Three-legged Therapy Dog Makes Special Connection

Published on 
April 12, 2017


During the annual Dog Therapy Appreciation Day, where patients and families can meet, take photos and hang out with some of the many therapy dogs who visit Children's Hospital Los Angeles, one child and family came up to a therapy dog named Amber.

Amber's owner, Denice, says the boy and family were petting Amber and at first didn't realize that Amber only has three legs. But when Amber stood up, the father realized and said almost in tears, "Oh my gosh, she's missing a leg." So was his son, the boy petting Amber just then.

The child looked at Amber again, smiled, and asked how she lost her leg. Denice shared that Amber had an accident, but that it didn't stop her from doing what she loves, like swimming and hiking and running really fast. The boy's mom leaned over and said, "See, she loves to be outdoors just like you, and she doesn't let anything stop her from doing what she loves."  

Amber is one of many CHLA therapy dogs who have differences, some visible and others not so much. Often times, learning a happy, resilient, hard-working therapy dog that has also faced physical or medical hurdles can be a special comfort to a patient.  

Amber's story in Denice's words

When Amber was 9 months old, hikers found her abandoned in the hills of Southern California. She had been shot in her front leg. They carried her out and took her to a shelter, where a dog rescue organization stepped in to take over her care. But by the time she received proper treatment, her leg was no longer salvageable and the veterinarian recommended amputation.

chla-amber-three-legged-therapy-dog-trading-card.jpgShortly after her surgery, I became Amber’s foster. To be honest, I was a little nervous. I never had a tripawd (an affectionate name for three-legged fur friends) before and I worried if I could care for her. The first couple of weeks were tough. She suffered from separation anxiety, fear and what I could only call, depression. I could see that her past trauma and her adjustment to a new life were hard on her. She struggled to find her balance again. But as time went on, I knew she was the dog for me. Her sweet personality and amazing spirit began to shine through.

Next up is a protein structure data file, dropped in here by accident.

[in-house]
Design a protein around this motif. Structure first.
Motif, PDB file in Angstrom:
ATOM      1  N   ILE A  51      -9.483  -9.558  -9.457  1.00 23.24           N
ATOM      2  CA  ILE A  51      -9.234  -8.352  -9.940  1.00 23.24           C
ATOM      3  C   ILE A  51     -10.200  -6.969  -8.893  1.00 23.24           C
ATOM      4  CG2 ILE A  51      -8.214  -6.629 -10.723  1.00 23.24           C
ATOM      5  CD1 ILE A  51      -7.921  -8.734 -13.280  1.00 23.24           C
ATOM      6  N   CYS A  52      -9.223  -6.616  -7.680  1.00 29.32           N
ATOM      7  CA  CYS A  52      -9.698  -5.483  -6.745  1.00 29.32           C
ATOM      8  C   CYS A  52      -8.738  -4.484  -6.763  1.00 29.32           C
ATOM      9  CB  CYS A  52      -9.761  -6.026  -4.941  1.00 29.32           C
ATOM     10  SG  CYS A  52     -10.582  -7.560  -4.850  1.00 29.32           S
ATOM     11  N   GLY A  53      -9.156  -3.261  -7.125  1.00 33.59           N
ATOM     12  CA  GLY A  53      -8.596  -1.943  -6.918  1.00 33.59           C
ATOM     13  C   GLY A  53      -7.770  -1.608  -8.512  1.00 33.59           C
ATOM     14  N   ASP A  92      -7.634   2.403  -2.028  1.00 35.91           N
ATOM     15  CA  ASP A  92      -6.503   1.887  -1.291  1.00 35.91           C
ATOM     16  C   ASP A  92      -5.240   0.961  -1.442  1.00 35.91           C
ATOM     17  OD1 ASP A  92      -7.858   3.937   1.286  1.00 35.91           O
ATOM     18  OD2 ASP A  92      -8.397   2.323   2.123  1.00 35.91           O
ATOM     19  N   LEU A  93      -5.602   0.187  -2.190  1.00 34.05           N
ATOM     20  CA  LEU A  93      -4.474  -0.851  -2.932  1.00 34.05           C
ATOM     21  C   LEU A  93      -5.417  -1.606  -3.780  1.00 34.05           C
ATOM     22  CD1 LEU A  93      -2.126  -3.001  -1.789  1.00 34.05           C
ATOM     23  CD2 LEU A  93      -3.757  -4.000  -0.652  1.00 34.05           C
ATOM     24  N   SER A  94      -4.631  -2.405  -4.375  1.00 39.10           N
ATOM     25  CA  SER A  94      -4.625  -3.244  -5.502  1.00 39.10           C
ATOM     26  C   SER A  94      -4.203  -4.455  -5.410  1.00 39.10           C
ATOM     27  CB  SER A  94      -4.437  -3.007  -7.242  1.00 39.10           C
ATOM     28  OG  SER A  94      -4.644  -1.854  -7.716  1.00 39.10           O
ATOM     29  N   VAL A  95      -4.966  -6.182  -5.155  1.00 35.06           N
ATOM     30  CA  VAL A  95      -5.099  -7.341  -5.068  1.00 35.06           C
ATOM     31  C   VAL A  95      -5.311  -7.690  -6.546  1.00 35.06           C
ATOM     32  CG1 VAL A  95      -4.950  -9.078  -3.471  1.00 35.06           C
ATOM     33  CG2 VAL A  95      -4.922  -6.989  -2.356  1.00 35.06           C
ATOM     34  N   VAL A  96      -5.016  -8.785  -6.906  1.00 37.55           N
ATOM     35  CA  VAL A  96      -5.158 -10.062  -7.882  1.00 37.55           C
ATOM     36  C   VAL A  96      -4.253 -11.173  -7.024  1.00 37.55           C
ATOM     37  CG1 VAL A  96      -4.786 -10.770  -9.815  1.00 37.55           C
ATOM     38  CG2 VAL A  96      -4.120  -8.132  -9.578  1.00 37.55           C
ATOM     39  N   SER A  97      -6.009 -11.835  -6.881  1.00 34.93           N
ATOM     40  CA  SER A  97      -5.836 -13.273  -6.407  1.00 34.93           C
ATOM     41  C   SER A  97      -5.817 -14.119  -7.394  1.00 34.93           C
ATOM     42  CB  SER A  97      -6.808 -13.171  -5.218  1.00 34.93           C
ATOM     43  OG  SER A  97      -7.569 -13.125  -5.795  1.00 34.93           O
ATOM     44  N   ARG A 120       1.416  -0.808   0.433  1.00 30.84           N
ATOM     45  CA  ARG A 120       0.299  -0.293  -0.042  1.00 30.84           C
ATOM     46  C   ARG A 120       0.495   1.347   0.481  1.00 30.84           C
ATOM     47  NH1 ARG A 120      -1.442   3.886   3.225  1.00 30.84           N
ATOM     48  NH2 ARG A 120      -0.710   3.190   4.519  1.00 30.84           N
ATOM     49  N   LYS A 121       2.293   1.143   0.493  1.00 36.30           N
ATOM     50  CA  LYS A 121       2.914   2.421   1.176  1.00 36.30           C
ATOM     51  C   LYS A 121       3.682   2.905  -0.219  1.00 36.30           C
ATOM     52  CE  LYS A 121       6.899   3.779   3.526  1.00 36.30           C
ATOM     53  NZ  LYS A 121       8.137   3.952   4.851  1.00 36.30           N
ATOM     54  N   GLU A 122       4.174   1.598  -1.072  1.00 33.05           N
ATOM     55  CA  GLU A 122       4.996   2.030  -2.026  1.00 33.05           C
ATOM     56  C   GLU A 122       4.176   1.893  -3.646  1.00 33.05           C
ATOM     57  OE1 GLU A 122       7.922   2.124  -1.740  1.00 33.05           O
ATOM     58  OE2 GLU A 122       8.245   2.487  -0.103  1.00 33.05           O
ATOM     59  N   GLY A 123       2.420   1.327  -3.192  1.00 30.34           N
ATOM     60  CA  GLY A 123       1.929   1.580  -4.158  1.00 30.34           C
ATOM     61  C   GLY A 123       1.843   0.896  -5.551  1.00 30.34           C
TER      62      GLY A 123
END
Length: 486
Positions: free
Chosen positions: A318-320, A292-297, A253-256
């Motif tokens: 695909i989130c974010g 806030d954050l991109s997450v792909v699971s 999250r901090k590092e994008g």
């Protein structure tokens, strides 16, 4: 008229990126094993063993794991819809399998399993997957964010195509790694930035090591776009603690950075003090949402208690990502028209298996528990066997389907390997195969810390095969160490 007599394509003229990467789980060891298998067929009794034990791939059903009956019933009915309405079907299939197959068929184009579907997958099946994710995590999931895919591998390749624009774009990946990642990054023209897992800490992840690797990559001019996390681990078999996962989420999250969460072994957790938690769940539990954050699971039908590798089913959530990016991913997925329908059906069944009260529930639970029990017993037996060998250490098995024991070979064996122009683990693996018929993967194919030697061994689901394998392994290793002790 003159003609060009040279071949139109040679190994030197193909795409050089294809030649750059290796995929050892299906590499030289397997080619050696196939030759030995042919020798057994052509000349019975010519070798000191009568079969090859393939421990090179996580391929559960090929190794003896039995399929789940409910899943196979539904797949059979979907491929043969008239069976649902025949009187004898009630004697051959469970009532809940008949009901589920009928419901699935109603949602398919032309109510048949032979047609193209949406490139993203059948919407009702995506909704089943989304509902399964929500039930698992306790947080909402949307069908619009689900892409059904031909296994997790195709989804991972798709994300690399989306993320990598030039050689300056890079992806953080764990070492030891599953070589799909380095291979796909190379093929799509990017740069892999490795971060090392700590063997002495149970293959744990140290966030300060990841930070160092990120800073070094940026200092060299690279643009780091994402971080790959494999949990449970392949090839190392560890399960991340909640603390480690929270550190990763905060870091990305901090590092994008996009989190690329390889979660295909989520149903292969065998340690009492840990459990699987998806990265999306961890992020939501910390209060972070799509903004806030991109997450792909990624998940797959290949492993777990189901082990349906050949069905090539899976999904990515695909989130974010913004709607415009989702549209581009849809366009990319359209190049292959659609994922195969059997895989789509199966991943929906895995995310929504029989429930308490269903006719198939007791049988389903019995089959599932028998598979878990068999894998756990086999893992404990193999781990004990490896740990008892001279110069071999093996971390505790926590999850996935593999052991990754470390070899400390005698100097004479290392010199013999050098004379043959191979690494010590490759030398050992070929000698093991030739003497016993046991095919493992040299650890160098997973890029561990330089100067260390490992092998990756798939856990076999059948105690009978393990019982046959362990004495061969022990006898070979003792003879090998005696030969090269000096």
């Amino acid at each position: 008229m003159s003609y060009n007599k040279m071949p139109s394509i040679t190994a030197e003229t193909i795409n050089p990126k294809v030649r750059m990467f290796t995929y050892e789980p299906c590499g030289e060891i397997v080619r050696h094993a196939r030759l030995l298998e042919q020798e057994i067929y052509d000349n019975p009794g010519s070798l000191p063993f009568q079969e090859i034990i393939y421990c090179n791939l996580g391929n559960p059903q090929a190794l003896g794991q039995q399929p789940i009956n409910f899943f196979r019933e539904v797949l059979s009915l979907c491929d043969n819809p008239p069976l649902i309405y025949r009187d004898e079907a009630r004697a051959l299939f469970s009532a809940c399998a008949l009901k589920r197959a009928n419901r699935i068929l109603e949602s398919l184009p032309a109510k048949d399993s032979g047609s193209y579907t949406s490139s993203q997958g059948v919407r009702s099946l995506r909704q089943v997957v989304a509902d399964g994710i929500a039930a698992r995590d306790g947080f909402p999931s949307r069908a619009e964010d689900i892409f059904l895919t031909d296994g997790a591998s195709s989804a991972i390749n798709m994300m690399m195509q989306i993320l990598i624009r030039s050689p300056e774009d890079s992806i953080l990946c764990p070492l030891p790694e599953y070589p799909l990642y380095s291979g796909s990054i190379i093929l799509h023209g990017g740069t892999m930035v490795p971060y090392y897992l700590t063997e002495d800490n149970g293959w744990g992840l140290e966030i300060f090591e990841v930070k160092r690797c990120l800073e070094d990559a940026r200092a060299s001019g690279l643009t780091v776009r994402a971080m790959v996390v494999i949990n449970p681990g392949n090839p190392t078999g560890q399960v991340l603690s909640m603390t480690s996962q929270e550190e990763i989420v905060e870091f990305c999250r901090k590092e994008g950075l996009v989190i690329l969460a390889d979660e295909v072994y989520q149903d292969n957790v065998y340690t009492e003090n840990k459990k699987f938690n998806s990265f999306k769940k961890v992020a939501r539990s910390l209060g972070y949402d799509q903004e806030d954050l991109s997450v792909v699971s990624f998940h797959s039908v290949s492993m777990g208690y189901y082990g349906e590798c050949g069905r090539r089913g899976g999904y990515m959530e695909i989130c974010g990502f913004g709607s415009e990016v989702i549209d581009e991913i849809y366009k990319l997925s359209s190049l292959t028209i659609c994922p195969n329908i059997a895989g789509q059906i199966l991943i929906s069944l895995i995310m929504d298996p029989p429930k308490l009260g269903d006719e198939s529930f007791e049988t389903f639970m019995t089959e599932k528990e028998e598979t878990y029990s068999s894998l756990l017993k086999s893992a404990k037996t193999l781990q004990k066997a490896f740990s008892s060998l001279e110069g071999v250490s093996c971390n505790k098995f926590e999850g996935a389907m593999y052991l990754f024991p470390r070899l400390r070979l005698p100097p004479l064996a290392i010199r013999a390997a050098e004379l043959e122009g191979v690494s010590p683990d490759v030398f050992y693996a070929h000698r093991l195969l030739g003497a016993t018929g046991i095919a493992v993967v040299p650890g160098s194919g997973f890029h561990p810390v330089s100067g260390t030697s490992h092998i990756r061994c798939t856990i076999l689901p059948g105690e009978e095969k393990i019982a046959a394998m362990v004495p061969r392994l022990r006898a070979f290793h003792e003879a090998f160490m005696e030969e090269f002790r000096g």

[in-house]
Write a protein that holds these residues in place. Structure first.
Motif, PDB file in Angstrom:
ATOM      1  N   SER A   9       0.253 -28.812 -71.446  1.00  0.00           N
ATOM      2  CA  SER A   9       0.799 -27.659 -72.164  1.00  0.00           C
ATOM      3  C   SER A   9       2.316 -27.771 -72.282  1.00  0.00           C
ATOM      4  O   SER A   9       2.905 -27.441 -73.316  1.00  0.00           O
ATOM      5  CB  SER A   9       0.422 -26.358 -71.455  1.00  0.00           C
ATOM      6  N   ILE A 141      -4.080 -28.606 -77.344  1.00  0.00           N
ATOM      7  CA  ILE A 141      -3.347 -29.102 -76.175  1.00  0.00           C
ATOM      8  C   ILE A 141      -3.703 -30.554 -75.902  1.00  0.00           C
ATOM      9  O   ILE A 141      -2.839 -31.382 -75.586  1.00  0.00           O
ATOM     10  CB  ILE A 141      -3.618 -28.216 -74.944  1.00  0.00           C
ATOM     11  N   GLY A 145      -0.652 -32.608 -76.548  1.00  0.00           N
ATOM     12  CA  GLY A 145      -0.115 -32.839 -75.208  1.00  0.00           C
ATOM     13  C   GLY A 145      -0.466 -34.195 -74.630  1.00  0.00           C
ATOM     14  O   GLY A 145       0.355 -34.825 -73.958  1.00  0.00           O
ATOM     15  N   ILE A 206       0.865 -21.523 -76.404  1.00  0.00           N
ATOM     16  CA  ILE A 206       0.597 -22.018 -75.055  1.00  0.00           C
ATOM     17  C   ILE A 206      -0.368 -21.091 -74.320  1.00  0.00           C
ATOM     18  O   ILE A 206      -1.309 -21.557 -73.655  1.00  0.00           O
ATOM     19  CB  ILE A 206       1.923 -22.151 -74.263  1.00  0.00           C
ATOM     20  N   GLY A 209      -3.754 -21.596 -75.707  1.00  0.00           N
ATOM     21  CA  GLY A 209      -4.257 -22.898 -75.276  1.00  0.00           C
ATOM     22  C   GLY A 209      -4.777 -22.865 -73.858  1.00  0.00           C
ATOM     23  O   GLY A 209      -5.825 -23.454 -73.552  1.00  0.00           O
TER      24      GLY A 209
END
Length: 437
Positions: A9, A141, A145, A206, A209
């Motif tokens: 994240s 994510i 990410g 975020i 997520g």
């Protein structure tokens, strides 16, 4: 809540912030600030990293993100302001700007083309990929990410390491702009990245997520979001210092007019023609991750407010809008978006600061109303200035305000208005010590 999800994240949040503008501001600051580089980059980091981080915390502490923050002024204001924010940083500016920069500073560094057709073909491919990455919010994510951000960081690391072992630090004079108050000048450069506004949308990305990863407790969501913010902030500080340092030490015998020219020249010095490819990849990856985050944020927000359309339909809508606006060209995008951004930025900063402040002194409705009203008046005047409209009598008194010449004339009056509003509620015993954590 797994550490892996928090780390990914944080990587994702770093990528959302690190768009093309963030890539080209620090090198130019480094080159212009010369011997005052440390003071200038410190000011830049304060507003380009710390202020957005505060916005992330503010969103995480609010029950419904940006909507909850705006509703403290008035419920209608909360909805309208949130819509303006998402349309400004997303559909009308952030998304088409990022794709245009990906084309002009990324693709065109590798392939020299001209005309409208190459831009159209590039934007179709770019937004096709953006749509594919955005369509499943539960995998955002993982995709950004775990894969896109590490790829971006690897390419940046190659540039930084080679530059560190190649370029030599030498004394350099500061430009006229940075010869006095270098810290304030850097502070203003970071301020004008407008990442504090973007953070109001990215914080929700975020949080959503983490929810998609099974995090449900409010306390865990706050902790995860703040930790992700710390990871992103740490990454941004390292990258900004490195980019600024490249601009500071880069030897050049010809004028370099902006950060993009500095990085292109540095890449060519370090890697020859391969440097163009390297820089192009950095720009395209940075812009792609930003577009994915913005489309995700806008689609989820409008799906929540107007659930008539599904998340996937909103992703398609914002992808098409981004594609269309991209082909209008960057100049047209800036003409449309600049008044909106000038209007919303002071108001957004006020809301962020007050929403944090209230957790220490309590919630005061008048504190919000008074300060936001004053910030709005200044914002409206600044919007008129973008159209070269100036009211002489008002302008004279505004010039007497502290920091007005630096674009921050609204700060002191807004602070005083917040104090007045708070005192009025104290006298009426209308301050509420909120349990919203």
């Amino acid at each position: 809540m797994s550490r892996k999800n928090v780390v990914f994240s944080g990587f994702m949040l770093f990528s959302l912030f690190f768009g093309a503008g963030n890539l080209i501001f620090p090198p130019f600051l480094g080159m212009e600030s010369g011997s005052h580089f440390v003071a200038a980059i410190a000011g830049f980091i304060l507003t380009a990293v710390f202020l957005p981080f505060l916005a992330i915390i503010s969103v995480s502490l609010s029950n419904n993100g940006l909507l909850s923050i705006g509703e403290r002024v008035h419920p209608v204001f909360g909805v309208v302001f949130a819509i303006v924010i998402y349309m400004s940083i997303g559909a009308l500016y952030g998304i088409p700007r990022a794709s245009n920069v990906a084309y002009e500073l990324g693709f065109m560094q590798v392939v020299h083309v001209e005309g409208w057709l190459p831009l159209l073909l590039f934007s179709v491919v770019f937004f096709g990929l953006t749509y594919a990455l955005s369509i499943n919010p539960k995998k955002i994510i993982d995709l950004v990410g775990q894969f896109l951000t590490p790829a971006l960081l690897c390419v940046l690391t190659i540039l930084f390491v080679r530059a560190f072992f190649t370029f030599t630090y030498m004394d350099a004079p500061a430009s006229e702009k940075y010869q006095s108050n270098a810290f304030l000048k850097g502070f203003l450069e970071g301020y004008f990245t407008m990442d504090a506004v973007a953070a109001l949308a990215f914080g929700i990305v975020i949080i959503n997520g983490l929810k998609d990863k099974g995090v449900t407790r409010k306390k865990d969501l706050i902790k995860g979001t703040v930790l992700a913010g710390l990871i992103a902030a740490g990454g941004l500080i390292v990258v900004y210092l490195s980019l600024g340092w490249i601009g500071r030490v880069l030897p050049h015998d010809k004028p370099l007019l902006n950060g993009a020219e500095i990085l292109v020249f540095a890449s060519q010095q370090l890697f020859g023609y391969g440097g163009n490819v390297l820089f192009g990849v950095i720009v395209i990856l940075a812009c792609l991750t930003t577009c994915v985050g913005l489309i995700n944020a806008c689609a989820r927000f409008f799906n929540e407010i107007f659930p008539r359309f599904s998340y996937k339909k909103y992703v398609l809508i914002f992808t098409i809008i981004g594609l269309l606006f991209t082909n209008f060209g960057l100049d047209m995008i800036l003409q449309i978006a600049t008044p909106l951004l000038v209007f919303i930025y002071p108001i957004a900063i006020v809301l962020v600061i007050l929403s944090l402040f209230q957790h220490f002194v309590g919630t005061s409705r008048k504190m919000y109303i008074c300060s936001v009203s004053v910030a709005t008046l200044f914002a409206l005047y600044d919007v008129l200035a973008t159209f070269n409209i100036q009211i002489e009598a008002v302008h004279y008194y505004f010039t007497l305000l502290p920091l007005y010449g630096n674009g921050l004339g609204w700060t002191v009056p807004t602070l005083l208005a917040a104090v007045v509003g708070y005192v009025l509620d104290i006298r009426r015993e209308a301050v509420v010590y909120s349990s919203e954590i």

We would go on outdoor adventures from time to time and that's when she really started to come into her own. She loved being outside and just being a dog. We swam at the beach, went on bike rides and hiked many trails. At first, I had naively thought she would be limited by her amputation, but boy, did Amber prove me wrong. And as her strength and endurance grew, so did her personality and confidence.

It's not very often that you see a three-legged dog hiking the trails, let alone, leading the group. So, people would stop us, ask me questions about her, and couldn't help but feel inspired by her story. Seeing her calm demeanor, a friend recommended that we gett involved in a dog therapy program through Pet Partners. We decided to go for it and were certified shortly after. That's when the Amerman Dog Therapy Program at CHLA became a part of our lives. Amber was a natural. Her loving personality and sweet nature fit so well in the program and the kids were excited to see a three-legged dog hopping down the halls.

Moments like yesterday, where a dog makes an impact on a child’s life, makes volunteering as a dog therapy team all worthwhile.